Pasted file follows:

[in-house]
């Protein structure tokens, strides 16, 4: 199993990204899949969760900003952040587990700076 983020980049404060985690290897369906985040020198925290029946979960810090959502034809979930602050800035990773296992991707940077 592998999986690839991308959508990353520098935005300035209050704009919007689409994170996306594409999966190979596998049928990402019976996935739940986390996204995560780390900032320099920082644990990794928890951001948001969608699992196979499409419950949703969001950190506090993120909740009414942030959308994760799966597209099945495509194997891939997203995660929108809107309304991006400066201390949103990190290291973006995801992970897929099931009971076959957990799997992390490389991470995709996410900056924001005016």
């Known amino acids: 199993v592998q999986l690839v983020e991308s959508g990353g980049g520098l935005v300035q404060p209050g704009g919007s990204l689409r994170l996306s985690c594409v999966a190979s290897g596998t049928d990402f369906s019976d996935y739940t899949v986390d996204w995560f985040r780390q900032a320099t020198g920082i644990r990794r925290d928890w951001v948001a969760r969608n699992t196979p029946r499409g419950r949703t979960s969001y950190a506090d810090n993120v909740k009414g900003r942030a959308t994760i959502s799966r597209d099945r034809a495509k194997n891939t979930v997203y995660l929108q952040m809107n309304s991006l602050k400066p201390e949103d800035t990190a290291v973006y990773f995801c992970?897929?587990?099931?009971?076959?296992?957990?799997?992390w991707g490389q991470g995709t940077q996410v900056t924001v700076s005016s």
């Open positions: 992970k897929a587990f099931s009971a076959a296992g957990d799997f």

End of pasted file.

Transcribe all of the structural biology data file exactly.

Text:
[in-house]
């Protein structure tokens, strides 16, 4: 199993990204899949969760900003952040587990700076 983020980049404060985690290897369906985040020198925290029946979960810090959502034809979930602050800035990773296992991707940077 592998999986690839991308959508990353520098935005300035209050704009919007689409994170996306594409999966190979596998049928990402019976996935739940986390996204995560780390900032320099920082644990990794928890951001948001969608699992196979499409419950949703969001950190506090993120909740009414942030959308994760799966597209099945495509194997891939997203995660929108809107309304991006400066201390949103990190290291973006995801992970897929099931009971076959957990799997992390490389991470995709996410900056924001005016």
């Known amino acids: 199993v592998q999986l690839v983020e991308s959508g990353g980049g520098l935005v300035q404060p209050g704009g919007s990204l689409r994170l996306s985690c594409v999966a190979s290897g596998t049928d990402f369906s019976d996935y739940t899949v986390d996204w995560f985040r780390q900032a320099t020198g920082i644990r990794r925290d928890w951001v948001a969760r969608n699992t196979p029946r499409g419950r949703t979960s969001y950190a506090d810090n993120v909740k009414g900003r942030a959308t994760i959502s799966r597209d099945r034809a495509k194997n891939t979930v997203y995660l929108q952040m809107n309304s991006l602050k400066p201390e949103d800035t990190a290291v973006y990773f995801c992970?897929?587990?099931?009971?076959?296992?957990?799997?992390w991707g490389q991470g995709t940077q996410v900056t924001v700076s005016s």
């Open positions: 992970k897929a587990f099931s009971a076959a296992g957990d799997f």